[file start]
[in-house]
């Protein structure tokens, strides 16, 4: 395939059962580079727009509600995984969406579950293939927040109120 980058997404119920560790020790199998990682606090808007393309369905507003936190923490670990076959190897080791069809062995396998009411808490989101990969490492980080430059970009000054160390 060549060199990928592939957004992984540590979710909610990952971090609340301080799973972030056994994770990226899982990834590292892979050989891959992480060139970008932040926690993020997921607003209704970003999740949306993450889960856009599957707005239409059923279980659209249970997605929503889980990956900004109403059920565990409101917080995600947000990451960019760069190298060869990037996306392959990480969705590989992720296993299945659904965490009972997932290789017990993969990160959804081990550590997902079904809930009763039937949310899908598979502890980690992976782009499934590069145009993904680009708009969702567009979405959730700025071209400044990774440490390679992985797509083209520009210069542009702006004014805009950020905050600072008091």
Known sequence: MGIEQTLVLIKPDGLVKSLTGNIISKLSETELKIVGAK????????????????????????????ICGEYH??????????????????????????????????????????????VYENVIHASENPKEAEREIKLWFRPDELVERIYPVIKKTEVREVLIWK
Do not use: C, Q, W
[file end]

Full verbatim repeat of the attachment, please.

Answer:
[in-house]
């Protein structure tokens, strides 16, 4: 395939059962580079727009509600995984969406579950293939927040109120 980058997404119920560790020790199998990682606090808007393309369905507003936190923490670990076959190897080791069809062995396998009411808490989101990969490492980080430059970009000054160390 060549060199990928592939957004992984540590979710909610990952971090609340301080799973972030056994994770990226899982990834590292892979050989891959992480060139970008932040926690993020997921607003209704970003999740949306993450889960856009599957707005239409059923279980659209249970997605929503889980990956900004109403059920565990409101917080995600947000990451960019760069190298060869990037996306392959990480969705590989992720296993299945659904965490009972997932290789017990993969990160959804081990550590997902079904809930009763039937949310899908598979502890980690992976782009499934590069145009993904680009708009969702567009979405959730700025071209400044990774440490390679992985797509083209520009210069542009702006004014805009950020905050600072008091």
Known sequence: MGIEQTLVLIKPDGLVKSLTGNIISKLSETELKIVGAK????????????????????????????ICGEYH??????????????????????????????????????????????VYENVIHASENPKEAEREIKLWFRPDELVERIYPVIKKTEVREVLIWK
Do not use: C, Q, W